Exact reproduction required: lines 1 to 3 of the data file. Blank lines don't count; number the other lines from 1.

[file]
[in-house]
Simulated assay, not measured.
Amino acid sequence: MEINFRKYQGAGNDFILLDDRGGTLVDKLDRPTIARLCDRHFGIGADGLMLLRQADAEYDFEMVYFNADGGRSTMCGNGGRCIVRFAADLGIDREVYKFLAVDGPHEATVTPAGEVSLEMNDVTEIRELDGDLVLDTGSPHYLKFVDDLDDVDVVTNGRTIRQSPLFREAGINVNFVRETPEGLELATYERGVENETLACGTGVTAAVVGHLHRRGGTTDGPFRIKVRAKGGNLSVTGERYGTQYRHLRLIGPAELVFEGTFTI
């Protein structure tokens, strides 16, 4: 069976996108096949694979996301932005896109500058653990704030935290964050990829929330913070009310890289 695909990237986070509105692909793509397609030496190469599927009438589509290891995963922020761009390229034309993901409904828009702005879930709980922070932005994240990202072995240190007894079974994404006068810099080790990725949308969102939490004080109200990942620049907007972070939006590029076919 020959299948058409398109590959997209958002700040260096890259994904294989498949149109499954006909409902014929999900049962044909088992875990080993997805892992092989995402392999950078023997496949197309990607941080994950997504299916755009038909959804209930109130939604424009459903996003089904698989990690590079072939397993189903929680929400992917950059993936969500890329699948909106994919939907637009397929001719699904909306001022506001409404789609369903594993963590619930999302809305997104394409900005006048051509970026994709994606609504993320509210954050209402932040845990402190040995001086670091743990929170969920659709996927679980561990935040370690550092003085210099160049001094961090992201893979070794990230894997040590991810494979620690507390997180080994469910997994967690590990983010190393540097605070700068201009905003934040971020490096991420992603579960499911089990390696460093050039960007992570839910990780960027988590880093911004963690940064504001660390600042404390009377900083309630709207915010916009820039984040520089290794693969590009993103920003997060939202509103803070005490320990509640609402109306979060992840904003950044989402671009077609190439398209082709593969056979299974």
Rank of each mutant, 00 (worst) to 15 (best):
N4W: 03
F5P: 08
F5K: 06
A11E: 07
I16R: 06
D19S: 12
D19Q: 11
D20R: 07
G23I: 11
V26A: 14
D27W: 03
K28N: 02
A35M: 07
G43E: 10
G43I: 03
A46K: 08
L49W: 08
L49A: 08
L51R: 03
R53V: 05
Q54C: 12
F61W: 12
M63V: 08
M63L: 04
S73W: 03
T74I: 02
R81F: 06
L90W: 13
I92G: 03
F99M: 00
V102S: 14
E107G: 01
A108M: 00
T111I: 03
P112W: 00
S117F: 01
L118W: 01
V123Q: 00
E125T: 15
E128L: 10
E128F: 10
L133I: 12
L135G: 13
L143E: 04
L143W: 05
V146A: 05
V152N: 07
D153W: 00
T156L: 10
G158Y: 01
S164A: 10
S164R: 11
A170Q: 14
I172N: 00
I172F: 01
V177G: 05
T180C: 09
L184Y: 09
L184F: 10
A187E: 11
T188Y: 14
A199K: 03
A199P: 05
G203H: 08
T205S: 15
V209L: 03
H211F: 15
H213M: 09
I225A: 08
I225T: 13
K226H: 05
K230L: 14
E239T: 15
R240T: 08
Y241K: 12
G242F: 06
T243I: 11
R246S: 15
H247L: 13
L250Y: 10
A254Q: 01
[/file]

[in-house]
Simulated assay, not measured.
Amino acid sequence: MEINFRKYQGAGNDFILLDDRGGTLVDKLDRPTIARLCDRHFGIGADGLMLLRQADAEYDFEMVYFNADGGRSTMCGNGGRCIVRFAADLGIDREVYKFLAVDGPHEATVTPAGEVSLEMNDVTEIRELDGDLVLDTGSPHYLKFVDDLDDVDVVTNGRTIRQSPLFREAGINVNFVRETPEGLELATYERGVENETLACGTGVTAAVVGHLHRRGGTTDGPFRIKVRAKGGNLSVTGERYGTQYRHLRLIGPAELVFEGTFTI